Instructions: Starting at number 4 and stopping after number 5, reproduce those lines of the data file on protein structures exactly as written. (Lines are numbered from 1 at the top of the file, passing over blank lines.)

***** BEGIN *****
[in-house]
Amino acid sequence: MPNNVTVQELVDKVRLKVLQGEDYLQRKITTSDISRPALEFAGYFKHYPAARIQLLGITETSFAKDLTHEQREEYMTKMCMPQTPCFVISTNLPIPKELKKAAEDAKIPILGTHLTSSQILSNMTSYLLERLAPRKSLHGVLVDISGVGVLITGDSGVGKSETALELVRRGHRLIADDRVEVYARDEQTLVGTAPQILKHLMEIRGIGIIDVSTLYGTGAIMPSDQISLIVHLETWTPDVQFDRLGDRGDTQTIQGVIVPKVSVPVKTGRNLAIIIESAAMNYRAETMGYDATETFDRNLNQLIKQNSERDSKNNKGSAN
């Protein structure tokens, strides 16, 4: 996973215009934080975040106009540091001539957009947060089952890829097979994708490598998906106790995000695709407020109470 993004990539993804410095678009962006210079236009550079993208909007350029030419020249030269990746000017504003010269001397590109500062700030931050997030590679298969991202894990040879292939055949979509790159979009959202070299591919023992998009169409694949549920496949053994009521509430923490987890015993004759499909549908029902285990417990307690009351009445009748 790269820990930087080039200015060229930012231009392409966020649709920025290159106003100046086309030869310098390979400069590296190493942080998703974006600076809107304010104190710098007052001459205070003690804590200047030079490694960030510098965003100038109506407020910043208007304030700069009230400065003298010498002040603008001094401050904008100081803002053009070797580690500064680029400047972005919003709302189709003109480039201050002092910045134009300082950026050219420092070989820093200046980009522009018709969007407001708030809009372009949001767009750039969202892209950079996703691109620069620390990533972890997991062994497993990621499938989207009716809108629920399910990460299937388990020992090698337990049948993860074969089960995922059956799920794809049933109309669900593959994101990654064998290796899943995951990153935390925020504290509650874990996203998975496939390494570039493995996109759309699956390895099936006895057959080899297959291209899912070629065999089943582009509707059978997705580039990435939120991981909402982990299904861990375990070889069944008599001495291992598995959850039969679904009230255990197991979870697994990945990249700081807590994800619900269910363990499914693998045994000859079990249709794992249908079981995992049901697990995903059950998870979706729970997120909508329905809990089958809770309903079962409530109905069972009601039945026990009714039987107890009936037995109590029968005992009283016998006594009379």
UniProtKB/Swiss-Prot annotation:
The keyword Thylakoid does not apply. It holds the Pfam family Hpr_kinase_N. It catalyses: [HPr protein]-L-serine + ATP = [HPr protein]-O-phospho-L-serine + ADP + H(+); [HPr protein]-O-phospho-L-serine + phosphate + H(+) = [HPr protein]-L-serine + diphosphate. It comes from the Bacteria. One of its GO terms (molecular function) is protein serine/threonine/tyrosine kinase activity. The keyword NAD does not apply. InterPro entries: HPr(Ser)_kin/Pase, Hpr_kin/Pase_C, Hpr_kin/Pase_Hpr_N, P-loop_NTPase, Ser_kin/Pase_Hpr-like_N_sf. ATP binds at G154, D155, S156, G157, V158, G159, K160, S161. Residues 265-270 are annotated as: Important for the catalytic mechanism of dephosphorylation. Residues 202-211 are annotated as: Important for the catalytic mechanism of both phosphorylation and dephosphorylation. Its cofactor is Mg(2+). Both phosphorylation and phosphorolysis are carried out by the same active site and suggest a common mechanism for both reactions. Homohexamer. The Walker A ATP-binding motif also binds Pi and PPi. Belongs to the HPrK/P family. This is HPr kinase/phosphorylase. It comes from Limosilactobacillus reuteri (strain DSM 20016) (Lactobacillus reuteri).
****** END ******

UniProtKB/Swiss-Prot annotation:
The keyword Thylakoid does not apply. It holds the Pfam family Hpr_kinase_N. It catalyses: [HPr protein]-L-serine + ATP = [HPr protein]-O-phospho-L-serine + ADP + H(+); [HPr protein]-O-phospho-L-serine + phosphate + H(+) = [HPr protein]-L-serine + diphosphate. It comes from the Bacteria. One of its GO terms (molecular function) is protein serine/threonine/tyrosine kinase activity. The keyword NAD does not apply. InterPro entries: HPr(Ser)_kin/Pase, Hpr_kin/Pase_C, Hpr_kin/Pase_Hpr_N, P-loop_NTPase, Ser_kin/Pase_Hpr-like_N_sf. ATP binds at G154, D155, S156, G157, V158, G159, K160, S161. Residues 265-270 are annotated as: Important for the catalytic mechanism of dephosphorylation. Residues 202-211 are annotated as: Important for the catalytic mechanism of both phosphorylation and dephosphorylation. Its cofactor is Mg(2+). Both phosphorylation and phosphorolysis are carried out by the same active site and suggest a common mechanism for both reactions. Homohexamer. The Walker A ATP-binding motif also binds Pi and PPi. Belongs to the HPrK/P family. This is HPr kinase/phosphorylase. It comes from Limosilactobacillus reuteri (strain DSM 20016) (Lactobacillus reuteri).